And I've said it before and I'll say it again, without fearing your disdain for my hubris: I'm a good writer. I know I am. I know I can write about basically any topic, and I know that what I write will be at times informative, touching, hilarious, and/or more. I don't believe that it's cocky or self-involved to admit that you do something well, so I never shy away from acknowledging my intelligence or my writing ability. I realize that's perhaps still a unique quality for a woman in this country, but there it is regardless.
When I used to write about baseball every day, I didn't have a job. I could just sit around, watch baseball, write what I felt like writing, and publish it for everyone to see. I could mix in my personal life or politics and just put it all out there. I no longer have that luxury. I work. A lot. And when I'm not working, I'm busy pursuing my second bachelor's degree, in the hopes that I can one day put my family in a better position than we are now. The first bachelor's degree did absolutely nothing for me except cost a lot of money and look slightly prestigious on my résumé.
So, here I am, whittling away at a B.A. in "Computer Information Technology." Maybe it will lead to something that pays well and doesn't require me to work 80 hours a week anymore. That's obviously the goal. But there is a little piece of me that dies every time I crack open my computer to do statistics homework or read about the history of computing, instead of writing the funny things I thought of that day, or how it makes me feel to be a parent, or what an incredible privilege it is to have the marriage I have. Instead I settle for quips on Facebook and the occasional blog post if I have time. In the process of "growing up," I have lost the ability to do the thing I really love.
We all know those people who post memes about how "you always have a choice" and "it's never too late" and all that. Every time I see one I think about how, you know what, sometimes people actually don't have a choice. Maybe a person spent her 20s doing absolutely nothing except battling depression over being unceremoniously dumped from her dream job and living off her significant other's money. Maybe she thought she had plenty of time to figure out what she wanted to do and that she'd get to it eventually. And maybe now she's mired in debt and working her ass off to get out of that situation while trying to maintain a decent life for her family, so starting over trying to make it as a freelance writer or devoting her time to becoming one of those "mommy bloggers" (many of whom, I'm sorry, are just shit writers, but good for them for figuring out how to spin shit into cold, hard cash) isn't a choice she can make at all.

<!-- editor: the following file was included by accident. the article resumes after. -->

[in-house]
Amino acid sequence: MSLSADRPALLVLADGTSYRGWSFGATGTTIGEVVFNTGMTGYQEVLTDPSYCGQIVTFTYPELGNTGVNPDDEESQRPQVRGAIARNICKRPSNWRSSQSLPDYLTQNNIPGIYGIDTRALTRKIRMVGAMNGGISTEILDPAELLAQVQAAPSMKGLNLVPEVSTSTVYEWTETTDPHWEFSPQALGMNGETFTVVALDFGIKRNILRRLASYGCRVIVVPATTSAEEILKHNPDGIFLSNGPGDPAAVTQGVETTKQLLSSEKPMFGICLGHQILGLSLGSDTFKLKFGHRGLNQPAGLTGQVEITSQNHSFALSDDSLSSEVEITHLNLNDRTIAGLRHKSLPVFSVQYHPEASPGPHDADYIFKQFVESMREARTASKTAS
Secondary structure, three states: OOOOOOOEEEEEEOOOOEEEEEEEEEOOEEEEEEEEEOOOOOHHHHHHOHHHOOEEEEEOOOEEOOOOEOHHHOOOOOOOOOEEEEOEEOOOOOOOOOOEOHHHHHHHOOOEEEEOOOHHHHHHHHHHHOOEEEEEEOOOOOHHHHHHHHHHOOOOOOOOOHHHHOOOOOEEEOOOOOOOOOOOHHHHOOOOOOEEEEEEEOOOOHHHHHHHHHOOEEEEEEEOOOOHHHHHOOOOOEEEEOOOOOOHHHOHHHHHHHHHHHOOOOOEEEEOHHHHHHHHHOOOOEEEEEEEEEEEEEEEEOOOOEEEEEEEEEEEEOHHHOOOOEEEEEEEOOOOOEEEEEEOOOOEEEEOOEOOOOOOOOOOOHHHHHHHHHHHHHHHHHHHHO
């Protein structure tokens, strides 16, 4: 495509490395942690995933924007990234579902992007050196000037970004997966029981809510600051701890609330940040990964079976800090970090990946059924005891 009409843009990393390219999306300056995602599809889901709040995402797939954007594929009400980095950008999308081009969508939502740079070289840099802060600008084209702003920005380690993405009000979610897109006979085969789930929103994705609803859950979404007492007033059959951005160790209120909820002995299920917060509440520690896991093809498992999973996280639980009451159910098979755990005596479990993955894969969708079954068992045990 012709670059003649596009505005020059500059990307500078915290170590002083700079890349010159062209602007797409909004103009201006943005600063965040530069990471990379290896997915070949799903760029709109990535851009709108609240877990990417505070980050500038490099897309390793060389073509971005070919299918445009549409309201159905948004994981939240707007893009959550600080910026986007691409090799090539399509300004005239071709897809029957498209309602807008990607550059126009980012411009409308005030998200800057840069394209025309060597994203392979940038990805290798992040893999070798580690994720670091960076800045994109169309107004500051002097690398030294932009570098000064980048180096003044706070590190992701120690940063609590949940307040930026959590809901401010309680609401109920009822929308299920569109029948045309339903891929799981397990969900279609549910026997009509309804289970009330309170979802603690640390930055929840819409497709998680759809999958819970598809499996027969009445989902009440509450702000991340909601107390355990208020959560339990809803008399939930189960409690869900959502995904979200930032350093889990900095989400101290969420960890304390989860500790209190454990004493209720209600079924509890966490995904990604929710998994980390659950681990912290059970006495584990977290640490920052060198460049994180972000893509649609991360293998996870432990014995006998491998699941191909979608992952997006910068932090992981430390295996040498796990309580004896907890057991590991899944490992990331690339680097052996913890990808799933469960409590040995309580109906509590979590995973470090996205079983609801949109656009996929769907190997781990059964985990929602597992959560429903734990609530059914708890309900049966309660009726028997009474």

In other words, maybe some of us have already exhausted all of our choices. Maybe we're born with an allotment of choices for the course of a life, and when they're gone, they're gone. So barring an improbable lottery win (all the more improbable because I don't actually play the lottery) maybe now the only thing I can do is what has to be done. Not what I choose to do.
I didn't even have time to write this. I came on simply to give the update to my previous post. But today someone told me that I am a good writer and it felt good, if bittersweet. And I wanted to acknowledge it with something a little more than just posting the screen captures.
So, here's the update. As you probably know, on Wednesday I sent the fake cover letter for the dimensional metrologist job. This morning I received a response. Here's how it went down:
I proclaimed this as an example of the internet being awesome sometimes. As my friends put it on Facebook, "It's nice when people are people" and "I think we all won with this one. Such good natured action all around. Yay people!"
Yep. That about sums it up.